In the world of children’s books, Alma Flor is known for her poetry, narratives, folk­lore and non-fic­tion. She’s the recipient of many prestigious awards, including the Christo­pher Medal, the Pura Bel­pré Medal, the International Latino Book Award, and the Vir­ginia Hamil­ton Award, in recognition of her body of work for children. Learn more at her official website.



Welcome to Cuba Week!


Cuba PearlCuba has been very much on our minds during this year of momentous change and emotional headlines. In a gesture of love and great hope for the Cuban people on both sides of the Straits of Florida, we invited beloved Cuban American children’s writers to speak from their hearts about anything relating to cubanismo. Lucky us: eight authors responded to our invitation with ¡claro que sí!

Guest posts begin tomorrow and continue through next Monday. To whet your appetite, here are some details. You will hear about immigration journeys, life across two cultures, racial identity, remembrances of the Cuba left behind, and the books that sprang from these experiences. Get ready for gorgeous prose from Enrique Flores Galbis; a fresh challenge to publishers from Nancy Osa; nostalgia mixed with humor and biting reality from Guinevere Thomas, Meg Medina, Laura Lacámara, and Christina Díaz González; as well as stirring insights from award-winning poets Alma Flor Ada and Margarita Engle. These authors’ books have enriched young people’s reading lives. For that, and for the perspectives they’ve shared with us, we want to say ¡gracias de todo corazón!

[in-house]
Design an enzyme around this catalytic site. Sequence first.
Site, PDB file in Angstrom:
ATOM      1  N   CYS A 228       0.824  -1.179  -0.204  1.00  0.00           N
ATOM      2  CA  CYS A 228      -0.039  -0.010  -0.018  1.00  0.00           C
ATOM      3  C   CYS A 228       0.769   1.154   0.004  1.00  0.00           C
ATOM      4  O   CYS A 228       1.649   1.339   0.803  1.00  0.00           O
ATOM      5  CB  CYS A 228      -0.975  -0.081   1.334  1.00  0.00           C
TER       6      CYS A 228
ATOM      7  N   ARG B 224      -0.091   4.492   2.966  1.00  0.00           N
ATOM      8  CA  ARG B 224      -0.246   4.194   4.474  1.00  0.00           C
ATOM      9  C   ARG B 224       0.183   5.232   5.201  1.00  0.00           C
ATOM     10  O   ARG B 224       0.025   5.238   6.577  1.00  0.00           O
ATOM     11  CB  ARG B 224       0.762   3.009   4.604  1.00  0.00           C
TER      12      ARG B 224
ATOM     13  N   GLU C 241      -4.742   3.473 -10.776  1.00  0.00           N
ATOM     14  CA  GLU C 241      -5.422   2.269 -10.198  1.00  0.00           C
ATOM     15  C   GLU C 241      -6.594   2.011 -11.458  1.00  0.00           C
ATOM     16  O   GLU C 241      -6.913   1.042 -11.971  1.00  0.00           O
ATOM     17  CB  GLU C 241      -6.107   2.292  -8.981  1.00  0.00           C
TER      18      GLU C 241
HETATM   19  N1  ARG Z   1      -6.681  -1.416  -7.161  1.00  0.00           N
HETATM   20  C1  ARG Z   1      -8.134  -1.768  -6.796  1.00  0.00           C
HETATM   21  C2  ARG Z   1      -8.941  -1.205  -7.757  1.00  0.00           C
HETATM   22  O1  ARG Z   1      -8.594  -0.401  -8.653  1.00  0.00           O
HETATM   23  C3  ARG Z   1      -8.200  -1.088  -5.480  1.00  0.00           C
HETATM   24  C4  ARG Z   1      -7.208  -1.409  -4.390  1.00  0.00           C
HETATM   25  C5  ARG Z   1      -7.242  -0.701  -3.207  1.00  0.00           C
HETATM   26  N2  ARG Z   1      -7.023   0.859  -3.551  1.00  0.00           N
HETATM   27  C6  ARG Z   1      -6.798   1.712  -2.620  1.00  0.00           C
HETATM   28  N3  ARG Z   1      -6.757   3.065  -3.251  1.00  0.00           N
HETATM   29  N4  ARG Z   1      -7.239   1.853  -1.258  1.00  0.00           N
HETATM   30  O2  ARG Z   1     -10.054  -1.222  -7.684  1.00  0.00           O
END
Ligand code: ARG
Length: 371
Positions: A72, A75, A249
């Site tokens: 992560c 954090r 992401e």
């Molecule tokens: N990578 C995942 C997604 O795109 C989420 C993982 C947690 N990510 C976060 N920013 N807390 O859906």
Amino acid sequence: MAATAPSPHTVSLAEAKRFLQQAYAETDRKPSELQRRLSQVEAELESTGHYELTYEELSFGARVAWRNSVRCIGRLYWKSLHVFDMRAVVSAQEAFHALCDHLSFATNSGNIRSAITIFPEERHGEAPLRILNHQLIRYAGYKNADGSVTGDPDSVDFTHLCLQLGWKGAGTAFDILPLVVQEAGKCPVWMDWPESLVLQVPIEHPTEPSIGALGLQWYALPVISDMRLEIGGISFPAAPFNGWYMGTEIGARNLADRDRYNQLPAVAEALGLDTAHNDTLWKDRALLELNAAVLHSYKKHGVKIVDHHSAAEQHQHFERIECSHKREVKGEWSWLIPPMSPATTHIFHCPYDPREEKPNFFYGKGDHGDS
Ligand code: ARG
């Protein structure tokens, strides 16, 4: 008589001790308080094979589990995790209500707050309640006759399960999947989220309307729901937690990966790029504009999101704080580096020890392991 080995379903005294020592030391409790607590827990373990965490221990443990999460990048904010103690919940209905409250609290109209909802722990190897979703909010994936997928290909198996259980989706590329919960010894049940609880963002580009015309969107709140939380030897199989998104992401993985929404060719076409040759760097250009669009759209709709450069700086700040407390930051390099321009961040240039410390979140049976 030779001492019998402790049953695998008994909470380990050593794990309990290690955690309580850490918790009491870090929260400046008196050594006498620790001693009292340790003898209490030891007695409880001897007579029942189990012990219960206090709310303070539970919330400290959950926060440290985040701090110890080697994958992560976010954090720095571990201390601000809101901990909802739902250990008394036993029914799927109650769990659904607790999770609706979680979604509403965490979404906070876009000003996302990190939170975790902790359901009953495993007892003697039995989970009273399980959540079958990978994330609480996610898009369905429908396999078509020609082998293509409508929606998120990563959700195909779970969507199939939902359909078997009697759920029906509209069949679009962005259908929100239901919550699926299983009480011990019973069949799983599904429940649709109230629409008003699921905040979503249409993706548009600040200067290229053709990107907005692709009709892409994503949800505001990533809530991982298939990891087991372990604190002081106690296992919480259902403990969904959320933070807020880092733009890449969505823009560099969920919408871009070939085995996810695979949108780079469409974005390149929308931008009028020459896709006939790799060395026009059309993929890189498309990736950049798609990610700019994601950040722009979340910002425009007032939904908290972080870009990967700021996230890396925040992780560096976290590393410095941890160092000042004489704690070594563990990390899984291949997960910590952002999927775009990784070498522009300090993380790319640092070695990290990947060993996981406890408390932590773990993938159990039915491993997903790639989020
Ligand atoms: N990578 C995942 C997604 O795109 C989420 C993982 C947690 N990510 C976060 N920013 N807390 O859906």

Before we get started on the guest posts, here’s a visual reminder of some glorious children’s books that star Cuban characters and/or settings. Space prevents us from featuring a comprehensive list, but we urge you to add your recommendations in the comments section. To learn more about individual books, click on their cover mages.

Picture Books    

Goodbye Havana Queen of Salsa Martina Mango in Hand

Celia Bossy Gallito Tia Isa  Dalia Cover MANGO_jacket_for_Meg drum dream girl cover floating


Island Treasures FINAL ART The Red Umbrella  Oye Celia  Moving Target  My Havana The Wild Book  MountainDog.highrescvr  paperback cover

Young Adult

Cubanita  Tropical Secret    Hurricane dancers notable  Firefly notable  Cuba 15  Down to the Bone   Letters to my mother   Significant Girls  ad6df-yaqui  Surrende Tree Notable  Lightning Dreamer notable  Enchanted Air Poet Slave Dark Dude